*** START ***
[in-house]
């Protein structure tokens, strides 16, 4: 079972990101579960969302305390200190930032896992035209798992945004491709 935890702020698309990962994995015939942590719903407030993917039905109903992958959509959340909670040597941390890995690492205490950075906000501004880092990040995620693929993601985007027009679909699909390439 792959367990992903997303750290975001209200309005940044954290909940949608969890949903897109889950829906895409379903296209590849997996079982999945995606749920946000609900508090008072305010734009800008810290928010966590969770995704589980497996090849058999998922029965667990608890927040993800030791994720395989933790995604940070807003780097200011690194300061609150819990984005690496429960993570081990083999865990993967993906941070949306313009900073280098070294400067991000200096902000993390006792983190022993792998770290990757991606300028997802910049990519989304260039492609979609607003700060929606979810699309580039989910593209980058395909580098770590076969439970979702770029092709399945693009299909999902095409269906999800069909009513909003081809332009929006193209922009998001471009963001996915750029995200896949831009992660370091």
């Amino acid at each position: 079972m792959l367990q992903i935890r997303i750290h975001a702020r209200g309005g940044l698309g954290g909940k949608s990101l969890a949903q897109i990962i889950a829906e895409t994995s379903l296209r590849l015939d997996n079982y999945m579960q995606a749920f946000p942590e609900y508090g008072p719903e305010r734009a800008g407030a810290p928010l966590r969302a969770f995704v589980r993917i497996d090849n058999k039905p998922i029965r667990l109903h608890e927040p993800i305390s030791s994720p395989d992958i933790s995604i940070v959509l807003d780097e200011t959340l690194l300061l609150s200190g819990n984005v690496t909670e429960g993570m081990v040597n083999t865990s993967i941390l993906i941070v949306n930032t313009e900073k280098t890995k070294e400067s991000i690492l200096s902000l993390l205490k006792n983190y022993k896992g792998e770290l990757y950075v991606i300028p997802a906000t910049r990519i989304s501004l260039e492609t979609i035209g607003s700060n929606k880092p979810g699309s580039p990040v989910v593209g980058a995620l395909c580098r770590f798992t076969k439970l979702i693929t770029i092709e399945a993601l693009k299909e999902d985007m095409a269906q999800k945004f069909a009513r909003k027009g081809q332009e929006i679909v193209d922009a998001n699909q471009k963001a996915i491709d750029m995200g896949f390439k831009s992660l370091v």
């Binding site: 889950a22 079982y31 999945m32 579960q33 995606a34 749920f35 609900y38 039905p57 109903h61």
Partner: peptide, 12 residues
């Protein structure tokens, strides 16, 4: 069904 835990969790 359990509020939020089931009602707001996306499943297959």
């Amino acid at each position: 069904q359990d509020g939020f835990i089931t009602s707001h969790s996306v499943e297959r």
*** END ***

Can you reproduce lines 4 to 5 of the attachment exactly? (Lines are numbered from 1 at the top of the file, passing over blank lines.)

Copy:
């Binding site: 889950a22 079982y31 999945m32 579960q33 995606a34 749920f35 609900y38 039905p57 109903h61």
Partner: peptide, 12 residues